Overall Well-Being of Ohio Children Drops Compared to Other States – First Time in the Bottom Half Since 2012

For Immediate Release
Tuesday, June 21, 2016

For More Information Contact:

Dawn Wallace-Pascoe
dwallacepascoe@childrensdefense.org
(614) 221-2244

Renuka Mayadev
rmayadev@childrensdefense.org
(614) 221-2244

COLUMBUS, OHIO – Through a state-by-state comparison of data on child well-being, the 2016 KIDS COUNT Data Book reveals what we know in Ohio -  all of our children’s basic needs are not being met. Ohio’s rank in child well-being slipped to 26, the first time it has ranked in the bottom half of states since 2012. The Data Book measures child well-being in four areas: economic well-being, education, health, and family and community.

Nationally, the Data Book notes that with the aid of federal, state and local policies and investments in prevention, a record number of teens – those in Generation Z – have managed to avoid bad choices that could have derailed their future prospects. Comparing data between 2008 and 2014, teen birth rates nationally fell 40 percent, drug and alcohol abuse dropped 38 percent, and the percent of teens graduating not on time decreased by 28 percent.

Teens in Ohio are following similar trends, with a 36 percent drop in the teen birth rate, a decline of 38 percent in drug and alcohol use, and a 29 percent decrease in the percent of teens not graduating on time. These improvements have occurred despite a child poverty rate of 23 percent, a rate that has remained virtually unchanged for several years. Thirty-one percent of Ohio children live in families that lack secure employment and 14 percent live in high-poverty areas.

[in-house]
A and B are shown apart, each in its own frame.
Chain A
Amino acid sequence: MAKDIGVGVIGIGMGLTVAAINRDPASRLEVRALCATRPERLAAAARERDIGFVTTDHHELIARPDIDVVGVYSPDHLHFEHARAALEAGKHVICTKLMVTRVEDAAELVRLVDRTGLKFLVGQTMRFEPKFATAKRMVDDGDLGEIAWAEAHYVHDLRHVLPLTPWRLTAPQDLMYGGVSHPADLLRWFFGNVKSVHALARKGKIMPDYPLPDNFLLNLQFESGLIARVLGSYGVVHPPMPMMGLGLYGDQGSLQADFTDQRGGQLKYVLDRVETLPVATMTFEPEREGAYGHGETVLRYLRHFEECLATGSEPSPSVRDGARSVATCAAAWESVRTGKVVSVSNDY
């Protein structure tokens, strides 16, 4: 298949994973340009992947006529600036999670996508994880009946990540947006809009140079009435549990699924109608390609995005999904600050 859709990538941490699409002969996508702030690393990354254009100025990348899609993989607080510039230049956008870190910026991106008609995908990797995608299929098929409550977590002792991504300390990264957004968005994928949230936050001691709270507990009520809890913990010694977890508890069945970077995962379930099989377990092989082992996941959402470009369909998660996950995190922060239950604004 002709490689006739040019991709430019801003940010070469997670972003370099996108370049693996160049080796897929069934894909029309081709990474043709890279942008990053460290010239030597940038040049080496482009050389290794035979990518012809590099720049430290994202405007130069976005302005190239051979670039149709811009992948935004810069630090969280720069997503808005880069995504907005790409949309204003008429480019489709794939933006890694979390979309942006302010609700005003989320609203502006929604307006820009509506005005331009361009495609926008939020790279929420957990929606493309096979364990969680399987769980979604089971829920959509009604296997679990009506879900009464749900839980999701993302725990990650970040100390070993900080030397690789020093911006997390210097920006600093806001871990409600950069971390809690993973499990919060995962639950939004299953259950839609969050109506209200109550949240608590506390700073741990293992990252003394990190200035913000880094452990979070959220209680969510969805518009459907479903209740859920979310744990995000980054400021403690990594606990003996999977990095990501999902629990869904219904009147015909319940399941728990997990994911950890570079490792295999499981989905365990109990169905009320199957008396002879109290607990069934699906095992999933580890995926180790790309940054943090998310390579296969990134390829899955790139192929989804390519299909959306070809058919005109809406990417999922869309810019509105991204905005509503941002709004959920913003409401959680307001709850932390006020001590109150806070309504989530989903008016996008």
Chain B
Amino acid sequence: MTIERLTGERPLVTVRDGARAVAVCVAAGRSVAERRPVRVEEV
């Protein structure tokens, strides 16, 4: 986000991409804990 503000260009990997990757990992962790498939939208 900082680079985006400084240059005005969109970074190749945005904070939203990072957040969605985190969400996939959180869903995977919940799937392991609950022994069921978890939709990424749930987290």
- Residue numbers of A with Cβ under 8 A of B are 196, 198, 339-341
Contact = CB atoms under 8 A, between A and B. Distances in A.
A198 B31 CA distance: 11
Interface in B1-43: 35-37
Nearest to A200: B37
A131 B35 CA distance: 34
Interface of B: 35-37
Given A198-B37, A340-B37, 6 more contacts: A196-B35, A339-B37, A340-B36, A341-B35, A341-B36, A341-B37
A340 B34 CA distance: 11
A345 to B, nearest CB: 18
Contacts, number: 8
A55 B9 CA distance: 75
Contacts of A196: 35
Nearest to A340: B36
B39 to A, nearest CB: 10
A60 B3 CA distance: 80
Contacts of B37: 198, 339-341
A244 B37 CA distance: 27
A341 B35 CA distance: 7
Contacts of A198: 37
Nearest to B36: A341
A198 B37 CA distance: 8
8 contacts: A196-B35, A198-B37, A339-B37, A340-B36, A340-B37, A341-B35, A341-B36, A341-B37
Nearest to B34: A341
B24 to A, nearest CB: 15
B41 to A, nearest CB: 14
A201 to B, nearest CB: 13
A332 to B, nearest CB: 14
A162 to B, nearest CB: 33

“The fact that Ohio teens are making their way through high school at record rates is cause to celebrate,” says Dawn Wallace-Pascoe, director of Data and Research at Children’s Defense Fund-Ohio. “However, we must do more to ensure a young person can continue his or her education to reach economic security in adulthood.”

Despite rising employment numbers, 22 percent of children in the U.S. lived in poverty in 2014—the same rate as in 2013, and almost one in three children lived in families where no member of the household had full-time, year-round employment. An increasing number of our young people are also growing up in neighborhoods that lack the resources they need to thrive. Since 2006-2010, the percent of children living in high poverty areas increased to 14 percent, up from 11 percent.

Generation Z teens growing up in low- to moderate-income households have fewer opportunities to move up the economic ladder compared to adults in the previous two generations. A college degree is now required to qualify for most middle income positions, but rising tuition costs and a shift in financial aid away from needs-based grants to loans has put a post-secondary education out of reach for most low-income students. Armed with only a high school degree, the future prospects for young adults are bleak. Among recent high school graduates nationwide, the unemployment rate was 28 percent for blacks, 17 percent for Latinos and 15 percent for whites. Those with jobs earned, on average, $10.66 an hour, which was less than wages in 2000 when adjusted for inflation.

“With rising higher education costs, stagnant wages and a flimsy social safety net, teens are less likely than their parents or grandparents to obtain economic security,” said Patrick McCarthy, president and CEO of the Casey Foundation “For the sake of our economy and our society, we must reverse this trend to ensure that today’s youth – who will be the next generation of workers, parents and community leaders – have a successful transition to adulthood and beyond.”

Key trends include gains in health insurance but stagnating poverty and racial inequity

The 2016 Data Book, which focuses on key trends in child well-being in the post-recession years, measures child well-being in four domains: economic well-being, education, health, and family and community.

Nationally, the rates of children without health insurance have improved by 40 percent since 2008, with some states recording decreases of more than 60 percent. Ohio has seen a 29 percent decrease in uninsured children.